The Suicide Collectors

The Suicide CollectorsThis book makes no sense.While in some respects the premise of all post apocalyptic fiction makes no sense in real terms, a good novel will create a world or a sense of mystery that is both interesting and internally consistent The Suicide Collectors does not accomplish this.The premise of this book is that a mysterious Despair has overtaken the world which leads people in the billions to commit suicide Robed Collectors then arrive to steal the bodies of the suicides No one knows where the Collectors come from, how they know about these suicides, what they do with the bodies, and why they do not collect the bodies of people who die naturally.The main character is Norman, a man who resists the Collectors by killing one when his wife commits suicide He is heralded for his moment of resistance, but somehow I was never able to get particularly excited about this moment In the end the book is based around Norman s quest to get from Florida where he lives to Seattle, where he has heard that there is an actual community of people who are working on a cure for the Despair Perhaps I ask too much from my fiction, but there is no logical consistency in the consequences shown from the almost complete depopulation of the country The Despair has been going on for at least five years, but somehow there is still running water in Norman s home in Florida There s somehow enough accessible gas for Norman to fly from Florida to Kansas and then drive from Kansas to Oregon in his quest to go to Seattle There are all sorts of other oddities which basically allow Norman to move across the country from strange group of people to strange group, but without having any struggle to acquire resources or actually survive He seems to survive by magic Perhaps the story should be retitled Deus Ex Machina.Once he arrives in Seattle, you expect to find out who the Collectors are and what the Despair is It seems that the Despair is a cosmic bug zapper called the Source giving out really bad vibes from a hole in the ground and the Collectors are psychically connected to it in some bizarre way But they can snap out of it Maria, a female character who makes a cameo in the story in order to 1 explain how Collectors can be detached from the Source and 2 sleep with the hero, is a former Collector.Really.The ending of this book is almost exactly the same as the ending of The Road The ending of The Road was not very satisfying as an ending, but at least that was beautifully written.This is not a good book There is an idea here that could have been formed into something a bitelegant and complex, but misses the mark. The Suicide Collectors is a good book full of horrible things I mulled it over, and that s really the only way to describe it.In Oppegaard s dystopian world, the entire planet has been gripped by an epidemic called The Despair Ninety percent of the Earth s population has committed suicide in the past five years since the disease started to spread, leaving the remaining survivors left to deal with the crumbling society and the most ominous force of all the Suicide Collectors, shrouded figures that appear to collect the bodies of those that have died in The Despair The premise of this book is right up my alley I love a good disaster end of the world story, and this one is very original But I had a hard time getting through it at times because of some of the stark horrors Oppegaard hides like Easter eggs throughout the text They aren t gratuitous they really paint a true picture of the atrocities of life in this new world but many were hard to deal with I wouldn t categorize The Suicide Collectors as a horror novel, but it s defininatly not for the squeamish Rather than drawing attention to the most appauling things in this new world, Oppegaard slides them in casually and without any fanfare, reinforcing the feeling that this is the way the world is now So deal with it I give the book three stars because, for me, personally it was a little grim The ending also made me anxious for the fate of one of my favorite characters rather than hopeful, and that s not the way I like to end a story. There s going to be some varying opinions on this book Mr Oppegaard spins a pretty interesting tale and paints well with words He tells a tale here of human civilization in the decline, several years in the grip of a world wide loss of heart known as The Despair , and the Collectors who gather those who have taken their own lives, but mostly he tells of a small odyssey of three misfits in search, first of a cure and later of different sort of ending to the Despair.I guess, being a hard science fiction sort of person, I expected things have a little bit better grounding in, well, reality I ll let you find your own examples, but I think you ll wind up agreeing that the author knows how make scenes, and stitch them into a story, but just didn t have the knack yet on this one, of making the story into a coherent path that carries you somewhere awesome I think he ll figure it out. When I read that The Suicide Collectors was the story of a post apocalyptic world ravaged by The Despair, which drove billions of humans to death by their own hands, I thought, Whiz BANG And that s exactly what I expected I expected a world that went out with a bang And I expected bangs to greet me throughout the book and a nice big bang to end the book None of those bangs came From beginning to end, The Suicide Collectors is a tale of a whimper There were promised moments of action and mayhem that were solved by relationship building and talk a rather novel and welcome approach Other bits of action were seen in the aftermath of burning cities or half conscious escape attempts And the only moments of action the characters actually engaged in were a barely rousing fight against wild dogs and a couple of moments at the explosive end of a missile All decidedly whimperous But this isn t necessarily a condemnation One can t help wondering if David Oppegaard had T.S Eliot s The Hollow Men in mind while he was writing The Suicide Collectors This is the way the world endsThis is the way the world endsThis is the way the world endsNot with a bang but a whimper.If he did have Eliot in mind, Oppegaard achieved the whimper in his debut novel, and the intention can t really be argued with There are too many post apocalyptic novels that are about the bang, and it is important to consider the possibility that a whimper is likely Much of what gives The Suicide Collectors its whimperousness is its main characters Norman, Pops and Zero aren t the sort of people to seek the bang as their first resort to solving problems Norman is capable of the bang, as we see with the opening act that sends him on his journey, but he d rather choose diplomacy or running to any sort of violent resolution There is no Schwarzenegger style, gung ho, action hero, and even when that sort of thing becomes a possibility it is delivered without bangs literally Unfortunately, there isn t enough going on to support Oppegaard s whimper A whimper requireswork than a bang, both in reality and in fiction, but Oppegaard s pacing, characterization and tempo offer a classic example of how to support a bang rather than a whimper Oppegaard s The Suicide Collectors feels like a Hollywood action film only without the pizzazz and pop.For The Suicide Collector s whimper to be fully successful we neededabout Norman his background, his thoughts, his motivations, his relationships we neededtime with Zero,time in each of Oppegaard s five lands,time in Seattle with Dr Brigg s, andtime at every turn of the tale to find our footing and truly engage with the whimper Oppegaard doesn t give us that, and he lets us down There is so much potential in The Suicide Collectors, so much that needed to be said, but little of it ever was With a minor adjustment or two, I can see The Suicide Collectors making an outstanding sci fi movie, one that will best the book for quality, and that s a shame because Oppegaard s plans were sound It was the execution that let him down. I wanted to really like this book just because the premise was so fascinating But I think this dude had a deadline he was about to miss because he ended it very abruptly, without explaining anything, and it just didn t gel with the rest of the book It was a little like drinking a decent cup of coffee It s doing its job, it tastes pretty good, but you put it down for a minute and when you pick it back up it is cold andbitter than you thought previously So you stop drinking it and get another cup I m ready for my next book. What a book David Oppegaard takes the dystopian novel and manages to create something new and horrifying In the not so distant future, few people are left in the world due to wide spread epidemic called the Despair There is no cure and no known reason why the majority of the human race succumbs to the Despair which results in suicide To add to the creepy factor, Suicide Collectors show up to retrieve any body that died from a result of a suicide How the Suicide Collectors know about the suicides, why they collect only the bodies of the Despair victims, and where they take the bodies are part of the mystery of the story Be warned, though If you want answers or a story with a tidy ending, you will not find it in this book Instead, you get a story like the Odyssey, one of a journey both physical and emotional Like Odysseus, Norman, the protagonist, faces monsters and receives assistance, while fighting his way to Seattle where rumors abound that a doctor has found a cure for the Despair Oppegaard s writing is crisp and clean and he writes only what is necessary He successfully juggles adventure, love, horror, and suspense without sacrificing great writing. Read October, 2010 and December , 2015 Bumping it up to five stars It earned it. You guys already know this about me, but I m not a huge fan of science fiction, or dystopian fiction There is actually very little of either genre that I tend to enjoy, but when I do, I love them I think I can still count on two hands, the total number of books or series that I enjoy from either genre I first read The Suicide Collectors back in 2009, when it first came out I hadn t started blogging yet, hence I ve never written a review for it before, and since I decided to dust it off, and give it another go, this is the perfect opportunity for me to convince you that you really do need to read this book.It actually came to my attention because of the Barnes Noble Book Clubs, which sadly are now defunct They used to be a lively and engaging group of message boards, covering a wide swath of topics It was on the Fantasy Board that this book was first introduced as a monthly read, and I jumped a the chance to get my hands on it The cover was extraordinary, the synopsis had me hooked, the moderator seemed to be really excited about it thanks Paul , and the author was from my home state of Minnesota As soon as the book was released, I took a trip to Barnes Noble, paid for the book, and had it read in one sitting I was actually hoping to link that old discussion for you guys to read through it, but sadly they decided to not even keep the archives up.I really don t want to go into too many plot points or character studies You guys know that I normally don t really have that much of an issue doing that, but this is one of those books that you really do need to discover on your own, and it would be so easy for me to spoil something for you I am willing to say, and it s evenso now that I ve done a second reading, that Norman is one of those character that you can t help but fall in love with There is an inner strength to him, one that is not forced or contrived He is one of those men, who may not be the most eloquent in verbally expressing how they feel, but you know that you can depend on them for whatever you need, that they are true men in every sense of the word.The only other tidbit I want to throw out there is this, I love the way the author chooses to keep the cause of the Despair a little foggy I ve never been a huge fan of books, or movies for that matter, that feels a need to explain every little detail I seriously doubt the characters are really ever going to be aware of every little nuance or piece of back history, so why should the reader Some things simply can t be explained, there needs to be a bit of mystery to them, otherwise they just aren t that impactful Explaining everything, takes away some of the punch I think that was part of my problem with The Town that Forgot How to Breathe, it was too neatly wrapped up, too explained, hence it lost some of it s mystery and horror.So please, if you only read one book that I recommend this year, let it be this one It s a gorgeously written journey, one that explores what it means to be human, in the face of overwhelming heartache and pain It s a story that will stay with you for days after you turn the last page. Some time in the not too distant future, everyone in a popular night club in Tokyo committed suicide Not long after, suicide rates around the world started climbing Tokyo was only the beginning of a world wide Despair Depression, hopelessness it sends people hurtling from the tops of buildings, dashing in front of trains, swallowing pills, slashing wrists Your friends, your family at first people are constantly calling each other, checking that their still alive After five years, there re aren t many people left in the world The Despair, as they call the phenomenon, has decimated the human population.In a small town of four thousand people in Florida, only three remain Norman, his wife Jordan, and their only neighbour Pops Returning from the river where he goes fishing, Norman finds his wife has killed herself and when the eery Collectors come to take her body, Norman refuses to let them have her and kills one of them The town is falling back into swampland, there s barely any food to be found or scavenged, and it s only because of the generator and Pops handy mechanics knowledge that they ve survived so far Yet the Despair hasn t gripped Norman or Pops yet With nothing left, Norman starts thinking about the drifter who came through, telling tales of a Dr Briggs in Seattle who had a community of survivors going and was working on a cure.Norman and Pops set out on a cross country journey to Seattle, encountering pockets of survivors along the way, some friendly, some dangerous, some flat out crazy Kids who were born just before or at the beginning of the Despair, parentless, have banded together to commit merciless atrocities on the few other survivors A cult in Utah that worships what they call the Source the source of the Despair , commits ritual suicide, samurai style And the Collectors have put a bounty on Norman s head.Before you start thinking that this is a rip off of The Road and the movie The Happening combined, Oppegaard started writing this five years ago and it underwent many changes It does share some similarities, though to be fair road trips are fairly common to the post apocalyptic fantasy genre this one issci fi because of its futuristic setting and technological advances, as well as the spooky Collectors and their source There s plenty of mystery here to spice it up and keep you wondering, and that looming helplessness that sprevalent of sci fi than fantasy Some of the encounters, like the Utah cult, reminded me of an even scarier cult in Consider Phlebus great book by the way , but I don t want you to think that The Suicide Collectors can t and doesn t stand on its own two original feet It s also a very visual book, descriptive and very moored in the present of the story Norman s a likeable guy, and named well he s very normal He s also not as well developed as I would have liked, and that s often a flaw of the Quest narrative structure, because plot tends to take precedence though it should be the other way around, really, because what better way to get to know someone than on a road trip Because the world has collapsed due to mass suicide, rather than a war, it s still quite intact, though vegetation is reclaiming its territory It s also surprisingly clean a reasonably well preserved ghost town of a world Probably the biggest quibble I have is to do with the discontinuation of produced goods fuel, food etc and the processing of things like sewage At times aadvanced technology, like hydrogen cells and a few vehicles that can run on water, helps explain things, but there were other logistics that I thought would have to be impossible because no one s running anything, maintaining anything, making anything, any It s just a quibble.I m a big fan of post apocalyptic fiction, whether it s fantasy or sci fi for the questions it raises, and the issues it explores, and the way it strips humans down to their bare essentials, letting us see ourselves without present day superficialities With the Despair, perhaps it s because of our innate contempt of suicide, being within our control, that it s hard to fathom a situation where that control is seemingly absent, and be able to empathise it left me a little cold I loved The Happening because, well, I don t want to give it away, but it did have an exterior force making things happen In a way, precisely because the Despair is internal, not inflicted like a virus or a compulsion, it makes it less sympathetic Does that make sense It s hard to figure out just what it was that left me somewhat cold. The Despair Has Plagued The Earth For Five Years Most Of The World S Population Has Inexplicably Died By Its Own Hand, And The Few Survivors Struggle To Remain Alive A Mysterious, Shadowy Group Called The Collectors Has Emerged, Inevitably Appearing To Remove The Bodies Of The Dead But In The Crumbling State Of Florida, A Man Named Norman Takes An Unprecedented Stand Against The Collectors, Propelling Him On A Journey Across North America It S Rud A Scientist In Seattle Is Working On A Cure For The Despair, But In A World Ruled By Death, It Won T Be Easy To Get There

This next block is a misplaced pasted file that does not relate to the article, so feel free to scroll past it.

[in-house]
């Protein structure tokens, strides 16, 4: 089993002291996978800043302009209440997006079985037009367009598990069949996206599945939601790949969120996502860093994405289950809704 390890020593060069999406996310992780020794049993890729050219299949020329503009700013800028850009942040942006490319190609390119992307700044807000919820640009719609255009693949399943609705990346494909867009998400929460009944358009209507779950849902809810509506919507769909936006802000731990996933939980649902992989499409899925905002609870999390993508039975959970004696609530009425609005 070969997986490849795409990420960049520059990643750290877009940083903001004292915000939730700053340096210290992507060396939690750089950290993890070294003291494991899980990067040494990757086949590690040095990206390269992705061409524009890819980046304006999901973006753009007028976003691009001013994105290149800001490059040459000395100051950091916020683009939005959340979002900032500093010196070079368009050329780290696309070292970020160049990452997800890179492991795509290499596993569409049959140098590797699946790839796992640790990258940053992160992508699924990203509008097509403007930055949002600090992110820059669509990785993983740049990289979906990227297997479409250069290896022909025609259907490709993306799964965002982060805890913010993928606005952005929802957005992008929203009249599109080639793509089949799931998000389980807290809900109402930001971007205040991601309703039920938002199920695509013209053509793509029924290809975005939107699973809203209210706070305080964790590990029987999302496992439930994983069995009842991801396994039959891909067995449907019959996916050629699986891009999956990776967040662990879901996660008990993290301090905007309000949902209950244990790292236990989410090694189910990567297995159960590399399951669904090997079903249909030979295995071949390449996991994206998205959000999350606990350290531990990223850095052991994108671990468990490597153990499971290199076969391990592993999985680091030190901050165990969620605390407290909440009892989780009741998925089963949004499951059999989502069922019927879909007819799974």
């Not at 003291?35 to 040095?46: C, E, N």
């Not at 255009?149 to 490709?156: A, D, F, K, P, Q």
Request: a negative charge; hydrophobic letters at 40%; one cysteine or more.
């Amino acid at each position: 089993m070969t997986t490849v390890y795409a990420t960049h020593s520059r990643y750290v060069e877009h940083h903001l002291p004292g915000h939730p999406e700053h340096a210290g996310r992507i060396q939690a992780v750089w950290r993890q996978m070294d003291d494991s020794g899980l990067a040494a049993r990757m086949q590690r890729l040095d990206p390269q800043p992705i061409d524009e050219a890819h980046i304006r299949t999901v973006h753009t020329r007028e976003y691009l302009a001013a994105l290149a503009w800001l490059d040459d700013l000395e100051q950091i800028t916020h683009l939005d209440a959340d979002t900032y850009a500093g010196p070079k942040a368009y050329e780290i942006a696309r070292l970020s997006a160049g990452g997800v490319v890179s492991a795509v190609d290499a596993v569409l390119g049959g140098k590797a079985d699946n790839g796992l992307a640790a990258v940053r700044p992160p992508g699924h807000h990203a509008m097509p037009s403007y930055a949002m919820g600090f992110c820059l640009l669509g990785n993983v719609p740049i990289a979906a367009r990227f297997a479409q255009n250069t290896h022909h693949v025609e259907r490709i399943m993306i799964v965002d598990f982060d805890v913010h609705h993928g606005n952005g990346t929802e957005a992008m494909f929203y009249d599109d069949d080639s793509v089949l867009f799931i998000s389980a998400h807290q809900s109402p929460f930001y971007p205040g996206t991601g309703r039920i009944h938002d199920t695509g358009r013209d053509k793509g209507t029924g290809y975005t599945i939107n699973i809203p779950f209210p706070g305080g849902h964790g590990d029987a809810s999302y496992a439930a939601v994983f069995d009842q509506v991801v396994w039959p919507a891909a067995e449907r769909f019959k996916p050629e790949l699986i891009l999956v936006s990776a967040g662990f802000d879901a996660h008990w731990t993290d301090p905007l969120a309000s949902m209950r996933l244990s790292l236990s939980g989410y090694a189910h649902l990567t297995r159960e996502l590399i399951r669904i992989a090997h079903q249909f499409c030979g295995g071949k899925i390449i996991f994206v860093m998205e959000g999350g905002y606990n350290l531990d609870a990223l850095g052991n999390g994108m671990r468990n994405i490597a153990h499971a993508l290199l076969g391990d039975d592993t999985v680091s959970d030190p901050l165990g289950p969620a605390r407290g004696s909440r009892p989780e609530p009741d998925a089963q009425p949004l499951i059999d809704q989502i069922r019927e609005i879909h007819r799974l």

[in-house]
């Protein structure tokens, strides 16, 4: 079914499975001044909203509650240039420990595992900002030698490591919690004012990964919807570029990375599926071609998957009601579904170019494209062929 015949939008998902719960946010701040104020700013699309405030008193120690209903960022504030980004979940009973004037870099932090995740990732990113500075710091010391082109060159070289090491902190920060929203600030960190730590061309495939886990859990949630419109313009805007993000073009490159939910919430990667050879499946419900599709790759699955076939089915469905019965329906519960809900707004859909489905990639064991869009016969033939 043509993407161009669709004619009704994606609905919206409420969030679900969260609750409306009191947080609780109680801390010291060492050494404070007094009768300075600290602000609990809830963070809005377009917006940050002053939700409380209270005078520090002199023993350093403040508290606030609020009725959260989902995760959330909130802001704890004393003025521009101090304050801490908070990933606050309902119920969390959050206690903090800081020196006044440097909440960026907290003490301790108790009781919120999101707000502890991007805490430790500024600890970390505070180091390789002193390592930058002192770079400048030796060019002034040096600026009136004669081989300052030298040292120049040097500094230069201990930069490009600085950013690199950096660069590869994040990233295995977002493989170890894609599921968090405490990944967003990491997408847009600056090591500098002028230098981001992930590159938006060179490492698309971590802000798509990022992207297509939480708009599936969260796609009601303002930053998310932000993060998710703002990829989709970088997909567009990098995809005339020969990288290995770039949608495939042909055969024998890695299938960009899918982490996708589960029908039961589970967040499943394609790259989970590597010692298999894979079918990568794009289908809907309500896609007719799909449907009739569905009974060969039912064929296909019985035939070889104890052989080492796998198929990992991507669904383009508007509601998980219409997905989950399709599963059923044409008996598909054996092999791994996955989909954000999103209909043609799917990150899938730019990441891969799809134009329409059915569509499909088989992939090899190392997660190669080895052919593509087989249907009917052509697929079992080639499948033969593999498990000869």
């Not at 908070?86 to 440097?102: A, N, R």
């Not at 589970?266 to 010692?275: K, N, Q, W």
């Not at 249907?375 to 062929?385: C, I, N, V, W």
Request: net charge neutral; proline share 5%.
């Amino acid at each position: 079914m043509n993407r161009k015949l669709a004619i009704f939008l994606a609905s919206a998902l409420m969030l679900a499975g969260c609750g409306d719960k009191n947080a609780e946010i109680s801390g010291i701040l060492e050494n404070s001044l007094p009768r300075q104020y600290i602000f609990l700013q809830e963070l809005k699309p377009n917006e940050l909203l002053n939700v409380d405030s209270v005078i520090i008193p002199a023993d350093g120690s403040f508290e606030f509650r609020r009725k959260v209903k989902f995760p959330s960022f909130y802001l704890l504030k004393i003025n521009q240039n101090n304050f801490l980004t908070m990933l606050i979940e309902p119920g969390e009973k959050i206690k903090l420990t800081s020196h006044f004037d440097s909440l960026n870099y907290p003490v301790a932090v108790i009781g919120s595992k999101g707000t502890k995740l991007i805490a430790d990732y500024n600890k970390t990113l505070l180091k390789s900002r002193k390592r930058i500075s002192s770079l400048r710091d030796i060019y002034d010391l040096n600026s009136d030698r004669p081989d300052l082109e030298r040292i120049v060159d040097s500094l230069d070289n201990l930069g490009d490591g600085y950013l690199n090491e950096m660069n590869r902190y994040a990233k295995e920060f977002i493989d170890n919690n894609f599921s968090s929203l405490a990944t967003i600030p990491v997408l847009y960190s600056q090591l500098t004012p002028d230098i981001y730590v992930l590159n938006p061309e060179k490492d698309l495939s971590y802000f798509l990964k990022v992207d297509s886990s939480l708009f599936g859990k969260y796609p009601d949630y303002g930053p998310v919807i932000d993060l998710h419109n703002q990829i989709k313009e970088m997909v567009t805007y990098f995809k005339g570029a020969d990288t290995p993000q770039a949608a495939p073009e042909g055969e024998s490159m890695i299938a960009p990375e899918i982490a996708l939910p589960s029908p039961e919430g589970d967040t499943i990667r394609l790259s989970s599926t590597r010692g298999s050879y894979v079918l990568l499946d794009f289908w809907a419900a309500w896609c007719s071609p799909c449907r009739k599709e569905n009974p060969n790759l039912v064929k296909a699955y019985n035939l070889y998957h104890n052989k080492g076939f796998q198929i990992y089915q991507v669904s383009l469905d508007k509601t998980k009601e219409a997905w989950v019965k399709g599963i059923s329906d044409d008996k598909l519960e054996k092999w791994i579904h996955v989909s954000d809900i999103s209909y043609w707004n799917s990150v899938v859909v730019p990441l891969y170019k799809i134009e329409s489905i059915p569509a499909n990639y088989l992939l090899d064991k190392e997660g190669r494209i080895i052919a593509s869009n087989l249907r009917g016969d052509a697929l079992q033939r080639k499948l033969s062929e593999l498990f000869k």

[Epub] ❧ The Suicide Collectors By David Oppegaard –
  • Hardcover
  • 304 pages
  • The Suicide Collectors
  • David Oppegaard
  • English
  • 23 July 2018
  • 9780312381103